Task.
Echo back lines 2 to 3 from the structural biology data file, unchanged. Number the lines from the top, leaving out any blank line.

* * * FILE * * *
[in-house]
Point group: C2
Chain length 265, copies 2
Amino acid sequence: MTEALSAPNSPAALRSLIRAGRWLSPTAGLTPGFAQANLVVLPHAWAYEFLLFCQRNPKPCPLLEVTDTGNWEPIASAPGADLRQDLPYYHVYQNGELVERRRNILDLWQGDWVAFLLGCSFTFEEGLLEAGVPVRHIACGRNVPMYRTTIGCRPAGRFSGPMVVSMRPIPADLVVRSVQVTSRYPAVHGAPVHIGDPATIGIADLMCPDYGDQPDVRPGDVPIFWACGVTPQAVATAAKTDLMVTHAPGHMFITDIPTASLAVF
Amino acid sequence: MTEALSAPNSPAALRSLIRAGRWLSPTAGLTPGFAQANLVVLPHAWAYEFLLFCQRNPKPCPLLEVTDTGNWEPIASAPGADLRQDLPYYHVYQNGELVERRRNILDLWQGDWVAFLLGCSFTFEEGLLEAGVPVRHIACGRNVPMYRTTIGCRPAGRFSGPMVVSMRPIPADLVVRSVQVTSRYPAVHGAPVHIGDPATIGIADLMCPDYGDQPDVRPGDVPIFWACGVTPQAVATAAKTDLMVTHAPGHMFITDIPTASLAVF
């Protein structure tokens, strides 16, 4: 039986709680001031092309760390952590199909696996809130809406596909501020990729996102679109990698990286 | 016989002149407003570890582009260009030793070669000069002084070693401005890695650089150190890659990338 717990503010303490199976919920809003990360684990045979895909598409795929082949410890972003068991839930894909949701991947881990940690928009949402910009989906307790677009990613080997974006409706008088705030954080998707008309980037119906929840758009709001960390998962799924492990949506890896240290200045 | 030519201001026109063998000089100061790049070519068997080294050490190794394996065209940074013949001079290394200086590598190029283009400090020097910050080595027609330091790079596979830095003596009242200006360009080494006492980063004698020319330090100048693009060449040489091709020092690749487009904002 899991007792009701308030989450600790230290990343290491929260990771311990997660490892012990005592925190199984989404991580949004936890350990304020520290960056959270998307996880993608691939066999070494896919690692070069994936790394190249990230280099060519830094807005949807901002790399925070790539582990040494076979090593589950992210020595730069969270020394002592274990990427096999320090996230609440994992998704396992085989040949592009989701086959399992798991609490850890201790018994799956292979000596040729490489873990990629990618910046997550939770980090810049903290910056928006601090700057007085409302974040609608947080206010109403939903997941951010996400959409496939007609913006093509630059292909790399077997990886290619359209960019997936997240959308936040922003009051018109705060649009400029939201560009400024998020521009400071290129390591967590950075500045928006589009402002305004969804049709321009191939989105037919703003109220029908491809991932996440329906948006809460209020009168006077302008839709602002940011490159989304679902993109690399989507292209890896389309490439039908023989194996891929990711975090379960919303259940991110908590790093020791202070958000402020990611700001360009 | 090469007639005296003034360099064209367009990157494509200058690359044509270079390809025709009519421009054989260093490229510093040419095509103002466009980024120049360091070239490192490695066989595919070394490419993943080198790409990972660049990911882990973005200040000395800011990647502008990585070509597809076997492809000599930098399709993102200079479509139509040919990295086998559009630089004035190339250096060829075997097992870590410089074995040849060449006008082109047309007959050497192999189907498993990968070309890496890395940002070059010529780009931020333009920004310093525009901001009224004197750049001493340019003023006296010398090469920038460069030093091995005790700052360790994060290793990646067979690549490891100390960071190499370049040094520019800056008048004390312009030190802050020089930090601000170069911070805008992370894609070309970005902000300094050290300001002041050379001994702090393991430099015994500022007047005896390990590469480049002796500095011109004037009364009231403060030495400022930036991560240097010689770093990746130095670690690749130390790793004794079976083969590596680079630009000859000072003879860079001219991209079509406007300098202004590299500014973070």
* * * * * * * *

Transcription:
Point group: C2
Chain length 265, copies 2